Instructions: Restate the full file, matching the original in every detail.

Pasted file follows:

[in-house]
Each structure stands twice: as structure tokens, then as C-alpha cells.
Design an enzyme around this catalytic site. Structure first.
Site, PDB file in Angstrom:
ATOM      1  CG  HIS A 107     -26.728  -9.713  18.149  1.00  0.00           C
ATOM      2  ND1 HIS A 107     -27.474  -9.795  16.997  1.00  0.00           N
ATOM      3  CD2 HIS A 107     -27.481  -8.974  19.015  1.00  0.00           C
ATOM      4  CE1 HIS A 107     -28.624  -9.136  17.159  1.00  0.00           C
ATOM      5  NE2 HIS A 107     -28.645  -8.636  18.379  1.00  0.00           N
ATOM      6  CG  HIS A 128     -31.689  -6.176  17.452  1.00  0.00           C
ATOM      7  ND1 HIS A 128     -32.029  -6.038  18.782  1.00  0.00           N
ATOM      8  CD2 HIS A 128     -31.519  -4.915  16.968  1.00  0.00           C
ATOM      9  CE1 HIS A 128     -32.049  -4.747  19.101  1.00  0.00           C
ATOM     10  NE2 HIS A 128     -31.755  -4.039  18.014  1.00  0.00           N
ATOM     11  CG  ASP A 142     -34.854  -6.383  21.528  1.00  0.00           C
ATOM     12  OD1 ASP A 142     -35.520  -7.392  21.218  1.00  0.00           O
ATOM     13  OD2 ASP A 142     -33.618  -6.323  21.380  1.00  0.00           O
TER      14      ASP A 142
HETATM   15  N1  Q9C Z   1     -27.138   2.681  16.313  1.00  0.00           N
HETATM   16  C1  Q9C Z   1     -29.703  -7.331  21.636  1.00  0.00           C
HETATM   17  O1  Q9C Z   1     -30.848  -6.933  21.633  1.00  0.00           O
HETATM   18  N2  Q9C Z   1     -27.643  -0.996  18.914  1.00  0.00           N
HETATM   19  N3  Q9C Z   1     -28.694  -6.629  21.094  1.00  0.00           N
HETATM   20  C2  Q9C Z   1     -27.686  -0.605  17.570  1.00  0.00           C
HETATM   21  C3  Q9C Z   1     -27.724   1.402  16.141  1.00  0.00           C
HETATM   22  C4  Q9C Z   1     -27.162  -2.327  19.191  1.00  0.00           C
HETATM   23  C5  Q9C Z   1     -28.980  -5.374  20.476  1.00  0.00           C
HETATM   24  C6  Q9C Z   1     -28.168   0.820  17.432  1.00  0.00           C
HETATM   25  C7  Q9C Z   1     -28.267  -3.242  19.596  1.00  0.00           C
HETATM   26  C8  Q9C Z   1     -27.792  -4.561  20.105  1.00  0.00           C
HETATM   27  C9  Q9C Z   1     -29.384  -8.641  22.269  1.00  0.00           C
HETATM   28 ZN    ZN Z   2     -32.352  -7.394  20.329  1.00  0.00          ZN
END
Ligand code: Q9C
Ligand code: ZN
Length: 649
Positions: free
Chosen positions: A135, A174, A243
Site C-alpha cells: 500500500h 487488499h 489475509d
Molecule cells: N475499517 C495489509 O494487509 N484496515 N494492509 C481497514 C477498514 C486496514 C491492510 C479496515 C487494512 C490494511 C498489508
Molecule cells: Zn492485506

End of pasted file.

[in-house]
Each structure stands twice: as structure tokens, then as C-alpha cells.
Design an enzyme around this catalytic site. Structure first.
Site, PDB file in Angstrom:
ATOM      1  CG  HIS A 107     -26.728  -9.713  18.149  1.00  0.00           C
ATOM      2  ND1 HIS A 107     -27.474  -9.795  16.997  1.00  0.00           N
ATOM      3  CD2 HIS A 107     -27.481  -8.974  19.015  1.00  0.00           C
ATOM      4  CE1 HIS A 107     -28.624  -9.136  17.159  1.00  0.00           C
ATOM      5  NE2 HIS A 107     -28.645  -8.636  18.379  1.00  0.00           N
ATOM      6  CG  HIS A 128     -31.689  -6.176  17.452  1.00  0.00           C
ATOM      7  ND1 HIS A 128     -32.029  -6.038  18.782  1.00  0.00           N
ATOM      8  CD2 HIS A 128     -31.519  -4.915  16.968  1.00  0.00           C
ATOM      9  CE1 HIS A 128     -32.049  -4.747  19.101  1.00  0.00           C
ATOM     10  NE2 HIS A 128     -31.755  -4.039  18.014  1.00  0.00           N
ATOM     11  CG  ASP A 142     -34.854  -6.383  21.528  1.00  0.00           C
ATOM     12  OD1 ASP A 142     -35.520  -7.392  21.218  1.00  0.00           O
ATOM     13  OD2 ASP A 142     -33.618  -6.323  21.380  1.00  0.00           O
TER      14      ASP A 142
HETATM   15  N1  Q9C Z   1     -27.138   2.681  16.313  1.00  0.00           N
HETATM   16  C1  Q9C Z   1     -29.703  -7.331  21.636  1.00  0.00           C
HETATM   17  O1  Q9C Z   1     -30.848  -6.933  21.633  1.00  0.00           O
HETATM   18  N2  Q9C Z   1     -27.643  -0.996  18.914  1.00  0.00           N
HETATM   19  N3  Q9C Z   1     -28.694  -6.629  21.094  1.00  0.00           N
HETATM   20  C2  Q9C Z   1     -27.686  -0.605  17.570  1.00  0.00           C
HETATM   21  C3  Q9C Z   1     -27.724   1.402  16.141  1.00  0.00           C
HETATM   22  C4  Q9C Z   1     -27.162  -2.327  19.191  1.00  0.00           C
HETATM   23  C5  Q9C Z   1     -28.980  -5.374  20.476  1.00  0.00           C
HETATM   24  C6  Q9C Z   1     -28.168   0.820  17.432  1.00  0.00           C
HETATM   25  C7  Q9C Z   1     -28.267  -3.242  19.596  1.00  0.00           C
HETATM   26  C8  Q9C Z   1     -27.792  -4.561  20.105  1.00  0.00           C
HETATM   27  C9  Q9C Z   1     -29.384  -8.641  22.269  1.00  0.00           C
HETATM   28 ZN    ZN Z   2     -32.352  -7.394  20.329  1.00  0.00          ZN
END
Ligand code: Q9C
Ligand code: ZN
Length: 649
Positions: free
Chosen positions: A135, A174, A243
Site C-alpha cells: 500500500h 487488499h 489475509d
Molecule cells: N475499517 C495489509 O494487509 N484496515 N494492509 C481497514 C477498514 C486496514 C491492510 C479496515 C487494512 C490494511 C498489508
Molecule cells: Zn492485506